A Primer on Santa Fe Architectural Styles

An example of Santa Fe architecture

A rose by any other name, sure, but let’s suppose you’re talking about music. What’s a phrase? What’s a bar? What’s a “legato”? What does “staccato” mean?

 

You don’t need an education in music theory to be able to say “Boy, that sure is pretty,” but it helps to know your terms to get the most from an in-depth conversation. The same goes for architecture.

 

If you’ve been in Santa Fe for a little while, then you probably wish you had a nickel for every time you looked at a home or building and said “Boy, that sure is pretty.” Those five words are rarely untrue in Santa Fe, but if you’re ready to take that conversation to the next level, here’s what you need to know.

 

 

The walls and doorway of a traditional adobe-style home in Santa Fe, New Mexico. A patio set with table and chairs sits outside the front door.

 

Adobe: That Southwest Look

There are a lot of architectural influences to be found in Santa Fe, but what really sets homes in the area apart is the adobe style.

 

Traditional adobe homes are created from whatever people have handy—such as straw, clay, and mud. The materials are mixed and laid in wooden frames to create bricks, then stacked into walls, with an exterior layer of the material to hold it all together.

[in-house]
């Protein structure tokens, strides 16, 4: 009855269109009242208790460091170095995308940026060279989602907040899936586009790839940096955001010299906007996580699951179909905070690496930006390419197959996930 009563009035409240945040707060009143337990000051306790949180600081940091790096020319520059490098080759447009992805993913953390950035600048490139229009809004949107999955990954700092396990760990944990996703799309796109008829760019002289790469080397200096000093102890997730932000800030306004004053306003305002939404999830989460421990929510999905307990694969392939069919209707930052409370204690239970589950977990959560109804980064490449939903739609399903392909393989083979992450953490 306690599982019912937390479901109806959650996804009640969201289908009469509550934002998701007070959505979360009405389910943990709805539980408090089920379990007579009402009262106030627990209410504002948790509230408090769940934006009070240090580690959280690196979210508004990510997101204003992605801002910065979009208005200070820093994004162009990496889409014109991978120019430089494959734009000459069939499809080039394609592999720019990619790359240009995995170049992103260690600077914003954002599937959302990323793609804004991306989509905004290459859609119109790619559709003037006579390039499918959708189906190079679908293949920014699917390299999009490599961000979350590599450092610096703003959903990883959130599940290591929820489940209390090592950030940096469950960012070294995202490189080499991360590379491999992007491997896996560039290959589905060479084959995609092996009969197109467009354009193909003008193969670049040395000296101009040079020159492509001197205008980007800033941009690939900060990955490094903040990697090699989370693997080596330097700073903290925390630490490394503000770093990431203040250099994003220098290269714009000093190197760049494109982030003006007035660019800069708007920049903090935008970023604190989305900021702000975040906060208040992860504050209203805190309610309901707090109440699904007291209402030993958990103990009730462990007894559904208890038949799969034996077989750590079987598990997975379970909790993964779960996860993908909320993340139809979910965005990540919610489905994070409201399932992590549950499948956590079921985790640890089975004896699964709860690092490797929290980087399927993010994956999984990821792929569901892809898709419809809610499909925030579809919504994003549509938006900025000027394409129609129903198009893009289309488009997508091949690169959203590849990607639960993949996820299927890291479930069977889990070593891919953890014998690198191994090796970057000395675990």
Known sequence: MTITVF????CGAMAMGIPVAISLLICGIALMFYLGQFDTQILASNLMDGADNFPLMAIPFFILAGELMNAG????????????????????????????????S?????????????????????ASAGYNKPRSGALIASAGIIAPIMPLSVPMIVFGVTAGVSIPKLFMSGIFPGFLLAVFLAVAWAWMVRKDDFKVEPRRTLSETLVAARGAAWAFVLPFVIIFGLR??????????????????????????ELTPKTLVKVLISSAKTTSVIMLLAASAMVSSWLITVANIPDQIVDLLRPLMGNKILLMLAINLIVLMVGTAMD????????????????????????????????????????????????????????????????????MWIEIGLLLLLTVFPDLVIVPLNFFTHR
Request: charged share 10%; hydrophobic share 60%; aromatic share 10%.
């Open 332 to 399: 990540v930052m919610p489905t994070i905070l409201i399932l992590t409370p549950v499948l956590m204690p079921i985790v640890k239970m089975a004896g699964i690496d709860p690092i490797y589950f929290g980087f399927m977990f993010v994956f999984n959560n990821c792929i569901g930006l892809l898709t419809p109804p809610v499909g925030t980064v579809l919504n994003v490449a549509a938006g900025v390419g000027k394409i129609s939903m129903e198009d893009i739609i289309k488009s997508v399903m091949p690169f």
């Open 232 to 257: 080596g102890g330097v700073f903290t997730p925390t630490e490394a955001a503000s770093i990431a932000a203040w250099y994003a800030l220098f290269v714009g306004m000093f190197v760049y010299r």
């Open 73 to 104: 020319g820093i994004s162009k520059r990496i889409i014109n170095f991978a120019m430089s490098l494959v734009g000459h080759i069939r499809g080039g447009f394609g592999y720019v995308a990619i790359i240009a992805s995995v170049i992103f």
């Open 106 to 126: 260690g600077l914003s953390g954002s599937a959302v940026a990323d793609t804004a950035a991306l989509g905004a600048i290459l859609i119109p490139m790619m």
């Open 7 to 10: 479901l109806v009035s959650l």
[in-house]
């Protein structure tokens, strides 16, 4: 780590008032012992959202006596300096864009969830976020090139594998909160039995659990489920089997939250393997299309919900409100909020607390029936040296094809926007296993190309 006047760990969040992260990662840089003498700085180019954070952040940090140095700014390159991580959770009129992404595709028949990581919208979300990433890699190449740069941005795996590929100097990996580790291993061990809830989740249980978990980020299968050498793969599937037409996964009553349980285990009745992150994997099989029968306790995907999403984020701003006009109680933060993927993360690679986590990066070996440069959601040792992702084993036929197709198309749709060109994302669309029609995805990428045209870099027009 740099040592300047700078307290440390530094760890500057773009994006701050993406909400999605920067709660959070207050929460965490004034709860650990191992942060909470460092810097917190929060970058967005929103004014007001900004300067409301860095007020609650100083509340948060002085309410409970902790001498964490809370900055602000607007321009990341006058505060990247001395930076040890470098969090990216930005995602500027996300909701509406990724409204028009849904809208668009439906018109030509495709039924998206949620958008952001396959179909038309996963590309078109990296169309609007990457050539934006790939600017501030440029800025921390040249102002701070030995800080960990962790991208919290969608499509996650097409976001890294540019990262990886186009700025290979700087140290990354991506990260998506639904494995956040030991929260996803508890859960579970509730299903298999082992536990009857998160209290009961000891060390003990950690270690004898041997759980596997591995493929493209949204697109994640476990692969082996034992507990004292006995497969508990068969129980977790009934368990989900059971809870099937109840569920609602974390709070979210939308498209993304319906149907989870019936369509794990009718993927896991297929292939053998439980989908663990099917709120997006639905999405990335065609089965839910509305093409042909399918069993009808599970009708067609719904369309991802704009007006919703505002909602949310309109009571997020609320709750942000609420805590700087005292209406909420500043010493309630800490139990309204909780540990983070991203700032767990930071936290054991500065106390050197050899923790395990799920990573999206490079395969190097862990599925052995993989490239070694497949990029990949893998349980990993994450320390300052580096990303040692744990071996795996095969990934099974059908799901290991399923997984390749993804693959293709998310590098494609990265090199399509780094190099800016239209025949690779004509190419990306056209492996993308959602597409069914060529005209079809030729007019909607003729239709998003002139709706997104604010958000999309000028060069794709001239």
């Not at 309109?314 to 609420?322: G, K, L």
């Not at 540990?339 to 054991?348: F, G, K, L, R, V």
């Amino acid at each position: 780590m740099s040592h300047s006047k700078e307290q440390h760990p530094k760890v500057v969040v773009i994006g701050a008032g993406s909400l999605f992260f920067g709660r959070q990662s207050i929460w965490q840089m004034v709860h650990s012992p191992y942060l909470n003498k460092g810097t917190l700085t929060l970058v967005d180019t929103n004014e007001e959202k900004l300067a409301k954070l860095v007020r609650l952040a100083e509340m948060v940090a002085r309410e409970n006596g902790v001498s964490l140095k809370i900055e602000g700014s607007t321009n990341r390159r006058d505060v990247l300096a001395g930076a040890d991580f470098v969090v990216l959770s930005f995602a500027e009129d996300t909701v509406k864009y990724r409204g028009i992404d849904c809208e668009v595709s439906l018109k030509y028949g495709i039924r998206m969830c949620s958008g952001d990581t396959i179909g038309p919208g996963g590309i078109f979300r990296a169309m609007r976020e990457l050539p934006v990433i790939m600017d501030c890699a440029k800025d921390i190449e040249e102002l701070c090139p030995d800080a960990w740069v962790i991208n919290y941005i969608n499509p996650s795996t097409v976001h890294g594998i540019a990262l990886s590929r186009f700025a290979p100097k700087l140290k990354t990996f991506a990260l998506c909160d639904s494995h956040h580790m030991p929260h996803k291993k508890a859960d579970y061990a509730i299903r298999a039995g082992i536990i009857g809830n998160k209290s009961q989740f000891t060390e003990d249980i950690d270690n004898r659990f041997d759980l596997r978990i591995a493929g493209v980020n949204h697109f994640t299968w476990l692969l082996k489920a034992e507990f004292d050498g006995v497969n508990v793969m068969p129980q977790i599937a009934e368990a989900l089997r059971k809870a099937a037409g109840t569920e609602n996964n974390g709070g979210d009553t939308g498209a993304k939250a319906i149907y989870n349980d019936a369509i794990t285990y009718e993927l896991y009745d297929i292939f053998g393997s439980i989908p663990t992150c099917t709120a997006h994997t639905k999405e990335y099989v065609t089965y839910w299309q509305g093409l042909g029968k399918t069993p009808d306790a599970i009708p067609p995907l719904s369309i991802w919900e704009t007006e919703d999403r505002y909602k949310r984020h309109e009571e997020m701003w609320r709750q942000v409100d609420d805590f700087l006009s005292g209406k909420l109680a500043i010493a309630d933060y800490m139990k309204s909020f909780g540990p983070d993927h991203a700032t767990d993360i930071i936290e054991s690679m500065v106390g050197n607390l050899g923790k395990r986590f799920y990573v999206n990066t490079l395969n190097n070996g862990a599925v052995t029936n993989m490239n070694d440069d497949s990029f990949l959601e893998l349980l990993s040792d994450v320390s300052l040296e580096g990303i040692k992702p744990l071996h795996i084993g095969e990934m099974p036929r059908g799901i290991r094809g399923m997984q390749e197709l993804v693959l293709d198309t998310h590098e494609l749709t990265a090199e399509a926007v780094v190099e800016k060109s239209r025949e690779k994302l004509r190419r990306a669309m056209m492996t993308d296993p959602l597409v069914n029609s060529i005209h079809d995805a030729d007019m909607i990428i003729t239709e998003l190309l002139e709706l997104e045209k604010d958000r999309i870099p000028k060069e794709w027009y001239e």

Although most basic adobe materials aren’t always built to last, there are more durable alternatives. It’s not unusual to see authentic adobe buildings still standing over a hundred years later. Modern adobe will typically incorporate concrete for additional strength.

 

 

The entrance of the New Mexico Museum of Art in Santa Fe

 

Santa Fe Design Influences

Territorial Revival, Spanish Revival, and Pueblo Revival are the three core design styles in Santa Fe homes.

 

While they look similar at a glance, each style comes with distinct differences you can identify with a bit of experience. These styles intermingle and many buildings use all three, but here’s how you can tell them apart:

 

  • Territorial Revival Dates back to the 19th century but founded on much older design traditions. Noted for its decorative trims echoing Gothic and Greek architectural styles. Typical elements: Flat roofs and hard, angular edges, often capped with brick around the roofline. Much more European than Mexican. Think Gothic cathedrals, but with a Southwestern exterior. Examples found in Santa Fe include the Bataan Memorial Building on the grounds of the New Mexico State Capitol complex.
  • Spanish Revival A popular style in California and Florida. Buildings can be spotted by their plaster walls, clay tile roofs, and decorative iron trim.
  • Pueblo Revival The style you’re usually thinking of when you think of adobe. Not all Pueblo-style homes are adobe, but either way they focus on soft, rounded corners and exposed wooden support beams reminiscent of adobe. The great thing about Pueblo Revival is that no matter how big and impressive a building may be, it still feels warm and homey, a cozy hideaway in the vast Southwestern desert. Examples found in Santa Fe include the New Mexico Museum of Art.

 

If you want a handy cheat sheet, think of it like this: Pueblo Revival is marked by soft corners. Spanish Revival by clay tiled roofs. And Territorial Revival by its angular edges lined with brick.

Share: